It’s no secret by now that kids living in poverty fail to get up to the same speed as their wealthier counterparts by the time they start pre-kindergarten. When it comes to language development alone, higher-income parents spend an average of 30 more minutes each day reading to their kids face-to-face than lower-income parents. By the time these kids turn 5, they’ll have heard 30 million fewer words, The Atlantic reported. These deficits appear not only in language development but in math as well, among other aspects of education; and they also appear in the child’s brain.

“Previous research has shown that growing up in poverty can shape the wiring and even physical dimensions of a young child’s brain, with negative effects on language, learning, and attention,” said Dr. Jacquelyn Gamino, director of the Center for BrainHealth’s Adolescent Reasoning Initiative, in a press release. In a new study, Gamino and her team have found that a targeted intervention with cognitive training can improve performance in poor middle school kids. “What this work shows is that there is hope for students in poverty to catch up with their peers not living in poverty.”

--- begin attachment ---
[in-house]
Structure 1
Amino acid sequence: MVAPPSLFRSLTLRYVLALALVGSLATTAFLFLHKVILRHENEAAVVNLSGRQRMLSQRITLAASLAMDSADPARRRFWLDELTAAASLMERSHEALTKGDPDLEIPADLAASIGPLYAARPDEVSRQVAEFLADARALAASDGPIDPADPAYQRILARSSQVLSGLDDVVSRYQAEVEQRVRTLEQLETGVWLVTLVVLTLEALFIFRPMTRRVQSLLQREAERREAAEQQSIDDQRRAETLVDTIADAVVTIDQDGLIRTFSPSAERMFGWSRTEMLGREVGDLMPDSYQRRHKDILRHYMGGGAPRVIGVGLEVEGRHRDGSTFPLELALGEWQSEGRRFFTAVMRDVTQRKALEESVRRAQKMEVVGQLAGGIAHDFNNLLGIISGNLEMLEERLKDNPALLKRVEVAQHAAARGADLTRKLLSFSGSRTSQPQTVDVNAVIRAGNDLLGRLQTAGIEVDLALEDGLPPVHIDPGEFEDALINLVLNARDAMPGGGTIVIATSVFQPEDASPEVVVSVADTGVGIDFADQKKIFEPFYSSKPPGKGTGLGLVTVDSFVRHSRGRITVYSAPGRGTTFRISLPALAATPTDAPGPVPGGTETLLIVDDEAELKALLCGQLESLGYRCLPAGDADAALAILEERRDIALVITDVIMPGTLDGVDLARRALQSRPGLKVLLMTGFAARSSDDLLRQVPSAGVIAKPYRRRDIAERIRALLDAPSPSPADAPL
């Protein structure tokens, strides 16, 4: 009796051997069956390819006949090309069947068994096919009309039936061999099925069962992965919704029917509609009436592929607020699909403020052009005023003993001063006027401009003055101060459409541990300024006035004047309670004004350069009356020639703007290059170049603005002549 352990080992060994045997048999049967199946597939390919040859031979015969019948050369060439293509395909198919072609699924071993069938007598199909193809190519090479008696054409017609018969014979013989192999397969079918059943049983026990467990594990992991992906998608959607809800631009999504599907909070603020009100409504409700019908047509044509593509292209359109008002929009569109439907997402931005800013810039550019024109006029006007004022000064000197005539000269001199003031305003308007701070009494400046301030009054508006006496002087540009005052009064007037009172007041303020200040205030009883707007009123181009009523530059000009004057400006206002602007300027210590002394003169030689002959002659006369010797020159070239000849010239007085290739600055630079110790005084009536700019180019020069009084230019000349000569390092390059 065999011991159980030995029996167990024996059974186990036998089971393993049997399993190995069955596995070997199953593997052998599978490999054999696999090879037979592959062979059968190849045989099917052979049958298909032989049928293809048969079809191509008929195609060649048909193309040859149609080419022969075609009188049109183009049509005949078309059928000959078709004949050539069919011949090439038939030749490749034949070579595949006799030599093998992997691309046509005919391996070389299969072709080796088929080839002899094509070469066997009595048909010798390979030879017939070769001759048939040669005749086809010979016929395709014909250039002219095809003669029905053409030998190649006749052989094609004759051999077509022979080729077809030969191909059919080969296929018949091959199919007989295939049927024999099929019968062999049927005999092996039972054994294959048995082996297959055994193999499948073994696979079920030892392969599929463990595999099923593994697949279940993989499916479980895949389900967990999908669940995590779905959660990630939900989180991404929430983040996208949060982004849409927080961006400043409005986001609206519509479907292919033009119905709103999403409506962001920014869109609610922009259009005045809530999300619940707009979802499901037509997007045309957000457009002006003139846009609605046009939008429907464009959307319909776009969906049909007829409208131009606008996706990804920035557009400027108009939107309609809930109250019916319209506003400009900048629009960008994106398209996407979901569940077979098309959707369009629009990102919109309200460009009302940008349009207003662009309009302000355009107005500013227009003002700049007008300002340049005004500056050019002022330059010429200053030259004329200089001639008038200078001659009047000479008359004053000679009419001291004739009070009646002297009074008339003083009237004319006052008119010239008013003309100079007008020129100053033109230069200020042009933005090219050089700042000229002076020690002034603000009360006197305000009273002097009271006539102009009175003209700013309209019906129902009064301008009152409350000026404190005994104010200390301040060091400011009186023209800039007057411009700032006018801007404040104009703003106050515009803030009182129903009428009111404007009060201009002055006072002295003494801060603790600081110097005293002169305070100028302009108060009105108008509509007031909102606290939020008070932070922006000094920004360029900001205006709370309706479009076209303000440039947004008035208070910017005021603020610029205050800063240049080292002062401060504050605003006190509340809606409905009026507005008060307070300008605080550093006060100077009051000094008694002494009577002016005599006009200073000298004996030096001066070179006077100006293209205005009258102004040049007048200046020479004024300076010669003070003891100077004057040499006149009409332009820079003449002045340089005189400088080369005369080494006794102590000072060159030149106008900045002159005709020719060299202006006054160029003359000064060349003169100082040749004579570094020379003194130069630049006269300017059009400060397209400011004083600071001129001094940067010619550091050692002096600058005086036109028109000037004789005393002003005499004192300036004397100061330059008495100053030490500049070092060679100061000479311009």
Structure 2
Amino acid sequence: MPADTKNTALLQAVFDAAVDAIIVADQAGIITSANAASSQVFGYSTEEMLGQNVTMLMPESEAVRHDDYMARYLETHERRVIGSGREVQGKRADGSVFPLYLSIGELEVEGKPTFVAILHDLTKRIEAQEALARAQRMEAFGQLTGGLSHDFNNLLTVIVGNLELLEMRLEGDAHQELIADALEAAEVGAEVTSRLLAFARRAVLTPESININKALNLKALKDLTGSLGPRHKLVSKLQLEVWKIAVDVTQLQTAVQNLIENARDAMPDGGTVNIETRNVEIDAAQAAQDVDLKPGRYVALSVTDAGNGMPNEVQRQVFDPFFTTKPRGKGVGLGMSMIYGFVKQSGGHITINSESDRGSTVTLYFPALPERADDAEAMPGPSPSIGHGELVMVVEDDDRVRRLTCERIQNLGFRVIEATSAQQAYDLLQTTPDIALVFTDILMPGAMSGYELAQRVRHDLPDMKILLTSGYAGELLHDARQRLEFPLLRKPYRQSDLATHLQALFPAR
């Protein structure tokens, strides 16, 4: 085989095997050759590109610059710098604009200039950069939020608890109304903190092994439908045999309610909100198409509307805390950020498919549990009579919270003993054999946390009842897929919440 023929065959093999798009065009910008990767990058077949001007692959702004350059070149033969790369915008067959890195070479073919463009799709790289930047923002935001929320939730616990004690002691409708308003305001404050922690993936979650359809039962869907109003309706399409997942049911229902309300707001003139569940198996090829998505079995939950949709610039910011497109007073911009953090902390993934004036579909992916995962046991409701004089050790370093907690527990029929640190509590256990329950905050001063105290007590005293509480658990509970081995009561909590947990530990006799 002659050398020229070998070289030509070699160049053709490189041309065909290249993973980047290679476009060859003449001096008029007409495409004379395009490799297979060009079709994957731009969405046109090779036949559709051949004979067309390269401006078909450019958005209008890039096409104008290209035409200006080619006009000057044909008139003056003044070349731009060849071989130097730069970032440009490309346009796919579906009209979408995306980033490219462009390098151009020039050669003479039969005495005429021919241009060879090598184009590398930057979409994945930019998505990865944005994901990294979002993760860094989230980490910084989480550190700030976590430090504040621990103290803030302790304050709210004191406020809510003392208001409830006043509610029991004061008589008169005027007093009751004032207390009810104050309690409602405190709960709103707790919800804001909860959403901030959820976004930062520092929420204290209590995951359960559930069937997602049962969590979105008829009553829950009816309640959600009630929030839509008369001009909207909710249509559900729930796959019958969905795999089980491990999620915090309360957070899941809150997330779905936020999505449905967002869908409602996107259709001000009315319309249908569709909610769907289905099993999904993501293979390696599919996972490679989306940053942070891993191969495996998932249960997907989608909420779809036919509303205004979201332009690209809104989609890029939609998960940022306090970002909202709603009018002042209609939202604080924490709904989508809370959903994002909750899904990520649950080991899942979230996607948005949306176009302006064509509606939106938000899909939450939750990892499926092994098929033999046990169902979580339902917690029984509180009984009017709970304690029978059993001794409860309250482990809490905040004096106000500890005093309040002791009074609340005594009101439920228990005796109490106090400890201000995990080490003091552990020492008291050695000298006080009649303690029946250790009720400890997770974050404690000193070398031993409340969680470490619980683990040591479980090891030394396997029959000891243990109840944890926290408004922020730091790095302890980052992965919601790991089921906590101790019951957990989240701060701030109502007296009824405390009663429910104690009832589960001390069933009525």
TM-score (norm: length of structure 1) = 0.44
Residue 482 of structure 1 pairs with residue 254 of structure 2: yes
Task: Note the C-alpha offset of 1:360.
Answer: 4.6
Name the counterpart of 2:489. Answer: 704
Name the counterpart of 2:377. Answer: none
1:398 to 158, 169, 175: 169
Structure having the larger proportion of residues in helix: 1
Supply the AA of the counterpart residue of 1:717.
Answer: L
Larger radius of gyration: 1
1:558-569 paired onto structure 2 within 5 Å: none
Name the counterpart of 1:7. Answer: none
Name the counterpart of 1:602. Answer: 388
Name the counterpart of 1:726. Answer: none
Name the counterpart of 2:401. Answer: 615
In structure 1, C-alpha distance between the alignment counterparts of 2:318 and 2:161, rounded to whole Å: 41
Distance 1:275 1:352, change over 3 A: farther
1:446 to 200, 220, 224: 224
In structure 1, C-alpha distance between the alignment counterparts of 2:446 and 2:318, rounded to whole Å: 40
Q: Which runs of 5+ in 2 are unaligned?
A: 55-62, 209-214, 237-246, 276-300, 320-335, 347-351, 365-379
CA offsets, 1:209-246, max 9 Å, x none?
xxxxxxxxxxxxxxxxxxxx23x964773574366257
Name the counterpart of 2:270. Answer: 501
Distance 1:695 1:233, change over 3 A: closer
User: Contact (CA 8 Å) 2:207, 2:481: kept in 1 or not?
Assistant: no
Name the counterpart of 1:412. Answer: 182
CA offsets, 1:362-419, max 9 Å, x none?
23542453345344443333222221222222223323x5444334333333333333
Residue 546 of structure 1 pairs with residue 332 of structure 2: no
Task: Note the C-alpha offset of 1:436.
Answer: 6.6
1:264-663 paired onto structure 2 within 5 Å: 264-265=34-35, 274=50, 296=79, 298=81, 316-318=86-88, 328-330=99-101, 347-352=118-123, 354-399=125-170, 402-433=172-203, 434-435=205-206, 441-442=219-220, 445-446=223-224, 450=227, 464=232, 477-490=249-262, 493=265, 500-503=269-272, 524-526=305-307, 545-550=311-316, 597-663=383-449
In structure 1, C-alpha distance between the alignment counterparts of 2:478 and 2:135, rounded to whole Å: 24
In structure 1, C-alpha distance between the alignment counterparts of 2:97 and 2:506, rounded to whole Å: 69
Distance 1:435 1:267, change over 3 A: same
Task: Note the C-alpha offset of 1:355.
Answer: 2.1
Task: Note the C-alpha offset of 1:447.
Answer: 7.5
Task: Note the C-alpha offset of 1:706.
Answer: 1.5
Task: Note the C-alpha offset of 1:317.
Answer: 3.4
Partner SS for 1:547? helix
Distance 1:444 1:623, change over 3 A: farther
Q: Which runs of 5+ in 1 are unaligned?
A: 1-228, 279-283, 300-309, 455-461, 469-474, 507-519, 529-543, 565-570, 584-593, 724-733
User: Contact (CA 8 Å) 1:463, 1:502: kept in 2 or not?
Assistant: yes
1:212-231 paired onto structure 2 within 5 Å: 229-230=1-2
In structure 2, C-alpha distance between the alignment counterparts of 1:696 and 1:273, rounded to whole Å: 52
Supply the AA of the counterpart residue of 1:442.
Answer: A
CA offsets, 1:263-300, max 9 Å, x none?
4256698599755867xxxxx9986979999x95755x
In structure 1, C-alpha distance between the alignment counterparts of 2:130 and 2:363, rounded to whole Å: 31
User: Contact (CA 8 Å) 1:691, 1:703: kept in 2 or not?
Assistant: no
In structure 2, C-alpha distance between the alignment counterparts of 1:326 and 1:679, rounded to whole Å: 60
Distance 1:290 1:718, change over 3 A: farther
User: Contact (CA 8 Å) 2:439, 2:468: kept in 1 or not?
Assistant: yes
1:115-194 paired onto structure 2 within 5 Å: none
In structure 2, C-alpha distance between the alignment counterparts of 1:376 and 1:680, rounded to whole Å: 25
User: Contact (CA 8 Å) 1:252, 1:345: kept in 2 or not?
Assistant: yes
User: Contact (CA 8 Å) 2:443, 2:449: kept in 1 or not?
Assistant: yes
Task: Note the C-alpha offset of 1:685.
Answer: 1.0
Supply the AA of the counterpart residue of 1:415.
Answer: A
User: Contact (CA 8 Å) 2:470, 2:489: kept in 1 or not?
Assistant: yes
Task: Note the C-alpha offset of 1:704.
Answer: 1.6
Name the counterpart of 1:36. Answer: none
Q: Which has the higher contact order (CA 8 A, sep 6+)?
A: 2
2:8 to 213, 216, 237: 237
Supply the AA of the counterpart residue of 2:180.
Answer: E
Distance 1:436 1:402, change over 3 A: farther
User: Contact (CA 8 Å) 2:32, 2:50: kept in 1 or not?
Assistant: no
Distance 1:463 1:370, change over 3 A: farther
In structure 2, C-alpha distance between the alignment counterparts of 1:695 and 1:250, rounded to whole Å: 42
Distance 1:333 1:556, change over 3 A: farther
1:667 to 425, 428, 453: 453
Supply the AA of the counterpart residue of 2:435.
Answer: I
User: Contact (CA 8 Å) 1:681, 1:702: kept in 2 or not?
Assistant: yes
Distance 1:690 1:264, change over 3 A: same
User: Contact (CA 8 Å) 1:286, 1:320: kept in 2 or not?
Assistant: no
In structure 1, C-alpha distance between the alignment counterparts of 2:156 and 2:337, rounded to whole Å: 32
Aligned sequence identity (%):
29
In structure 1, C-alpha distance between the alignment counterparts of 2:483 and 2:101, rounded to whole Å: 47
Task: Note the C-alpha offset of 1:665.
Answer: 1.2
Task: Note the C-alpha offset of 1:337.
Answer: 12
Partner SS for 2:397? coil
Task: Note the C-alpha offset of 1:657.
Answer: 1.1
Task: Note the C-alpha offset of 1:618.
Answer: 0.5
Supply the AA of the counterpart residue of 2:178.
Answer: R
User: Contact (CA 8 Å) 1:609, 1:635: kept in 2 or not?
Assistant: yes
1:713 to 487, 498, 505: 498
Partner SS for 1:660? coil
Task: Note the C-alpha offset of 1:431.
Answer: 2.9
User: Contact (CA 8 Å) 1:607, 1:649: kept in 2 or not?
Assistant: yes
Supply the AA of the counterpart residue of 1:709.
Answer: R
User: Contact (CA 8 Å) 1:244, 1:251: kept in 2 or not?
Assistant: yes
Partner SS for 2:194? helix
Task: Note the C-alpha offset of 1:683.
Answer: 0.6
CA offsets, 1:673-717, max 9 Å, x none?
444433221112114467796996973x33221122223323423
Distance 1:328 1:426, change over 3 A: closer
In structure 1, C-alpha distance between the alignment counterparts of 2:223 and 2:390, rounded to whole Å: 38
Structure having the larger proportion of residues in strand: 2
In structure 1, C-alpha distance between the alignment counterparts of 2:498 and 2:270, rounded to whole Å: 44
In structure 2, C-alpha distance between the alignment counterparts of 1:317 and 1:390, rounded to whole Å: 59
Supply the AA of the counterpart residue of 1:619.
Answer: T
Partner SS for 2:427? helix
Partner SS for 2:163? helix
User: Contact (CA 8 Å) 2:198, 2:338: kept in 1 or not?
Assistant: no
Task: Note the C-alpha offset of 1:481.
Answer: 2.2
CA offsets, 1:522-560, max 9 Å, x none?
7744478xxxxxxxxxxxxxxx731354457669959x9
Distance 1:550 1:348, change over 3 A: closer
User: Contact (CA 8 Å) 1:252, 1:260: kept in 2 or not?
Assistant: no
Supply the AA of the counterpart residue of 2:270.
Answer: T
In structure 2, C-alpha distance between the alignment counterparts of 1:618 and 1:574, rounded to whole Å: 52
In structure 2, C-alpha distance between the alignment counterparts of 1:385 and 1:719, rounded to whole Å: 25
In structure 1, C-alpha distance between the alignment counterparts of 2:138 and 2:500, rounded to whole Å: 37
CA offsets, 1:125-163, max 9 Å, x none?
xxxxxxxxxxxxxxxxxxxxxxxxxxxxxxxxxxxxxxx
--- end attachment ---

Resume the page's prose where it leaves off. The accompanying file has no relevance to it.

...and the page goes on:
Although poor children entering pre-k and kindergarten already score 60 percent lower in cognitive tests than kids with richer parents, the researchers in the current study said that “extensive frontal lobe development and pruning occurs during adolescence,” making middle school a good point to intervene with brain training.

So, they recruited 913 7th and 8th grade students from various socioeconomic backgrounds and split them up so that 556 students underwent cognitive training and 357 served as controls. The training group underwent both pre- and post-training assessments in which they were asked to text and not only summarize it but develop personal inferences “to transform ideas into novel, generalized statements” the release said, as well as recall important facts. They then took part in 10 training sessions, each lasting 45 minutes, over the course of a month.

Gamino’s team found that the training improved poorer students’ scores by about 25 percent on tests measuring their ability to produce abstract ideas from the information. They also showed an 18 percent increase in their ability to memorize facts. “The ability to use inference to abstract meaning from incoming information… is a skill crucial to future life success, and applies to both academic and informal learning activities, such as reading a school assignment, listening and taking notes from a lecture, watching a movie or television program, or have a conversation with a friend,” Gamino said.

Source: Gamino J, Motes M, Riddle R, Lyon G, Spence J, Chapman S. Enhancing inferential abilities in adolescence: new hope for students in poverty. Frontiers in Human Neuroscience. 2014.